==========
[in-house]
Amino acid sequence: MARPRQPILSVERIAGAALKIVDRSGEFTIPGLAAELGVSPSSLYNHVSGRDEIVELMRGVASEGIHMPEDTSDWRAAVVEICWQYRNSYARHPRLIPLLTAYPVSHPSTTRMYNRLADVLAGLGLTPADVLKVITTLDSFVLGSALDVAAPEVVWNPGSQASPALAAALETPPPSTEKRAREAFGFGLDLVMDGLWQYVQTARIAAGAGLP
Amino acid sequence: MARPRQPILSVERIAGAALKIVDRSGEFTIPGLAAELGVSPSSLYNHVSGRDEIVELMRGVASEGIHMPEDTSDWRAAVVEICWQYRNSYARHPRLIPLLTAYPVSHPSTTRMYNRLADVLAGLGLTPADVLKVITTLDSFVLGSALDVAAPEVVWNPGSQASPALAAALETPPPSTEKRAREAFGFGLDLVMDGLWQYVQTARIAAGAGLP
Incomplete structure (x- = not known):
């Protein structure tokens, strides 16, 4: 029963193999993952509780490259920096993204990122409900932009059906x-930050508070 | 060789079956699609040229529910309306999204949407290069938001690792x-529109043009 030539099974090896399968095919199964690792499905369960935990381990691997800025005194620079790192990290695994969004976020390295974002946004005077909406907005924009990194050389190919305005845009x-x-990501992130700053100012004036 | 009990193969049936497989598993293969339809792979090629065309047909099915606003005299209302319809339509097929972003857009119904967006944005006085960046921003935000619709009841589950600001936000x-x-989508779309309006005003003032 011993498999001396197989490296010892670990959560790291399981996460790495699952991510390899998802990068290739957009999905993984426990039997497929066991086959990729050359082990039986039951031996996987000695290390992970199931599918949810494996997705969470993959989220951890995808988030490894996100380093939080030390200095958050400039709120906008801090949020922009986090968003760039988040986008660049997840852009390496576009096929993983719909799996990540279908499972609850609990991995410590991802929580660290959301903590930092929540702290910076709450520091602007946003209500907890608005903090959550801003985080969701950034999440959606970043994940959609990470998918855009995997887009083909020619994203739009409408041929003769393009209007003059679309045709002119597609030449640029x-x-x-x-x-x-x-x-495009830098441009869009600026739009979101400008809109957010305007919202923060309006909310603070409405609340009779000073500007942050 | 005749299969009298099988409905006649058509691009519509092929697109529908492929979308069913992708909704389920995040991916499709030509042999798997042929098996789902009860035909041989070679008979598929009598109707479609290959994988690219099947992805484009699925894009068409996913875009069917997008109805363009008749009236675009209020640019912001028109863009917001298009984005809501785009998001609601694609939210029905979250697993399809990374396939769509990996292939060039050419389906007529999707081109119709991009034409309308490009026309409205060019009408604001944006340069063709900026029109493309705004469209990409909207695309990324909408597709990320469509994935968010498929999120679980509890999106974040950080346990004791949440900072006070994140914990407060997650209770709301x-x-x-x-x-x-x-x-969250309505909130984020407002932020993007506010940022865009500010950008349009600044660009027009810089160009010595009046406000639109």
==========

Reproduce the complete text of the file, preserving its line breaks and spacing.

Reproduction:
[in-house]
Amino acid sequence: MARPRQPILSVERIAGAALKIVDRSGEFTIPGLAAELGVSPSSLYNHVSGRDEIVELMRGVASEGIHMPEDTSDWRAAVVEICWQYRNSYARHPRLIPLLTAYPVSHPSTTRMYNRLADVLAGLGLTPADVLKVITTLDSFVLGSALDVAAPEVVWNPGSQASPALAAALETPPPSTEKRAREAFGFGLDLVMDGLWQYVQTARIAAGAGLP
Amino acid sequence: MARPRQPILSVERIAGAALKIVDRSGEFTIPGLAAELGVSPSSLYNHVSGRDEIVELMRGVASEGIHMPEDTSDWRAAVVEICWQYRNSYARHPRLIPLLTAYPVSHPSTTRMYNRLADVLAGLGLTPADVLKVITTLDSFVLGSALDVAAPEVVWNPGSQASPALAAALETPPPSTEKRAREAFGFGLDLVMDGLWQYVQTARIAAGAGLP
Incomplete structure (x- = not known):
């Protein structure tokens, strides 16, 4: 029963193999993952509780490259920096993204990122409900932009059906x-930050508070 | 060789079956699609040229529910309306999204949407290069938001690792x-529109043009 030539099974090896399968095919199964690792499905369960935990381990691997800025005194620079790192990290695994969004976020390295974002946004005077909406907005924009990194050389190919305005845009x-x-990501992130700053100012004036 | 009990193969049936497989598993293969339809792979090629065309047909099915606003005299209302319809339509097929972003857009119904967006944005006085960046921003935000619709009841589950600001936000x-x-989508779309309006005003003032 011993498999001396197989490296010892670990959560790291399981996460790495699952991510390899998802990068290739957009999905993984426990039997497929066991086959990729050359082990039986039951031996996987000695290390992970199931599918949810494996997705969470993959989220951890995808988030490894996100380093939080030390200095958050400039709120906008801090949020922009986090968003760039988040986008660049997840852009390496576009096929993983719909799996990540279908499972609850609990991995410590991802929580660290959301903590930092929540702290910076709450520091602007946003209500907890608005903090959550801003985080969701950034999440959606970043994940959609990470998918855009995997887009083909020619994203739009409408041929003769393009209007003059679309045709002119597609030449640029x-x-x-x-x-x-x-x-495009830098441009869009600026739009979101400008809109957010305007919202923060309006909310603070409405609340009779000073500007942050 | 005749299969009298099988409905006649058509691009519509092929697109529908492929979308069913992708909704389920995040991916499709030509042999798997042929098996789902009860035909041989070679008979598929009598109707479609290959994988690219099947992805484009699925894009068409996913875009069917997008109805363009008749009236675009209020640019912001028109863009917001298009984005809501785009998001609601694609939210029905979250697993399809990374396939769509990996292939060039050419389906007529999707081109119709991009034409309308490009026309409205060019009408604001944006340069063709900026029109493309705004469209990409909207695309990324909408597709990320469509994935968010498929999120679980509890999106974040950080346990004791949440900072006070994140914990407060997650209770709301x-x-x-x-x-x-x-x-969250309505909130984020407002932020993007506010940022865009500010950008349009600044660009027009810089160009010595009046406000639109």